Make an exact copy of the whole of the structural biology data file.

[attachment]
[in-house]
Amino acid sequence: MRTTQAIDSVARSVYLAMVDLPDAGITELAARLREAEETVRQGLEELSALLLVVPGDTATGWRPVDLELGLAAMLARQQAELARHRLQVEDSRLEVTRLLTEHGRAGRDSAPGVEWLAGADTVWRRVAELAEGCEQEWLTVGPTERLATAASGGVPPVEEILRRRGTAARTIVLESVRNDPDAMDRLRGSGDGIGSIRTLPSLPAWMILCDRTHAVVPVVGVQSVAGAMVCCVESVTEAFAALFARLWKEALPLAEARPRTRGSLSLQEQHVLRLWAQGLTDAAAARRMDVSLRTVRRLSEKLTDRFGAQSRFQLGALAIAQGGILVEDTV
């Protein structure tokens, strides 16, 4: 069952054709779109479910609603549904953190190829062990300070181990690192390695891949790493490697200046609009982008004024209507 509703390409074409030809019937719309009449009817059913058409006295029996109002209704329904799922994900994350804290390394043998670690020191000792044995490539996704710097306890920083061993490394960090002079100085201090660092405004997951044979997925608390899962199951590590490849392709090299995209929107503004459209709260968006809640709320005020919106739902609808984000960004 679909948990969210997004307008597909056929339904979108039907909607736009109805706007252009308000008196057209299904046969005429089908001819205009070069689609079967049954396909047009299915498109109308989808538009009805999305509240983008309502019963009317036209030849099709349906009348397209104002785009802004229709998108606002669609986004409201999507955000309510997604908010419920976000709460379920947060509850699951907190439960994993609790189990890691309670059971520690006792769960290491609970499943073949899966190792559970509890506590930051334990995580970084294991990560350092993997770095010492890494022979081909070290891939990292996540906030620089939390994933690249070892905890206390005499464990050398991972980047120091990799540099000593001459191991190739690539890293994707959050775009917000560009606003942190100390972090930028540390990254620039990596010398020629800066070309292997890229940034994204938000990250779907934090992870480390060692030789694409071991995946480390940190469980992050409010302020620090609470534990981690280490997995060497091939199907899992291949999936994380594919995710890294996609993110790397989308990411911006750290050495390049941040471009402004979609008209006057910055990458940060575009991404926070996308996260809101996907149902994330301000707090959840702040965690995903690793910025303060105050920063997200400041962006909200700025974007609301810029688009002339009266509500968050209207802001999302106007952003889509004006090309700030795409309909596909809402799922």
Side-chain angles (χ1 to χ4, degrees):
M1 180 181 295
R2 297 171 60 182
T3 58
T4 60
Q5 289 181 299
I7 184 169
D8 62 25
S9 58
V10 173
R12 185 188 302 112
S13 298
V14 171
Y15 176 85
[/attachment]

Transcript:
[in-house]
Amino acid sequence: MRTTQAIDSVARSVYLAMVDLPDAGITELAARLREAEETVRQGLEELSALLLVVPGDTATGWRPVDLELGLAAMLARQQAELARHRLQVEDSRLEVTRLLTEHGRAGRDSAPGVEWLAGADTVWRRVAELAEGCEQEWLTVGPTERLATAASGGVPPVEEILRRRGTAARTIVLESVRNDPDAMDRLRGSGDGIGSIRTLPSLPAWMILCDRTHAVVPVVGVQSVAGAMVCCVESVTEAFAALFARLWKEALPLAEARPRTRGSLSLQEQHVLRLWAQGLTDAAAARRMDVSLRTVRRLSEKLTDRFGAQSRFQLGALAIAQGGILVEDTV
């Protein structure tokens, strides 16, 4: 069952054709779109479910609603549904953190190829062990300070181990690192390695891949790493490697200046609009982008004024209507 509703390409074409030809019937719309009449009817059913058409006295029996109002209704329904799922994900994350804290390394043998670690020191000792044995490539996704710097306890920083061993490394960090002079100085201090660092405004997951044979997925608390899962199951590590490849392709090299995209929107503004459209709260968006809640709320005020919106739902609808984000960004 679909948990969210997004307008597909056929339904979108039907909607736009109805706007252009308000008196057209299904046969005429089908001819205009070069689609079967049954396909047009299915498109109308989808538009009805999305509240983008309502019963009317036209030849099709349906009348397209104002785009802004229709998108606002669609986004409201999507955000309510997604908010419920976000709460379920947060509850699951907190439960994993609790189990890691309670059971520690006792769960290491609970499943073949899966190792559970509890506590930051334990995580970084294991990560350092993997770095010492890494022979081909070290891939990292996540906030620089939390994933690249070892905890206390005499464990050398991972980047120091990799540099000593001459191991190739690539890293994707959050775009917000560009606003942190100390972090930028540390990254620039990596010398020629800066070309292997890229940034994204938000990250779907934090992870480390060692030789694409071991995946480390940190469980992050409010302020620090609470534990981690280490997995060497091939199907899992291949999936994380594919995710890294996609993110790397989308990411911006750290050495390049941040471009402004979609008209006057910055990458940060575009991404926070996308996260809101996907149902994330301000707090959840702040965690995903690793910025303060105050920063997200400041962006909200700025974007609301810029688009002339009266509500968050209207802001999302106007952003889509004006090309700030795409309909596909809402799922």
Side-chain angles (χ1 to χ4, degrees):
M1 180 181 295
R2 297 171 60 182
T3 58
T4 60
Q5 289 181 299
I7 184 169
D8 62 25
S9 58
V10 173
R12 185 188 302 112
S13 298
V14 171
Y15 176 85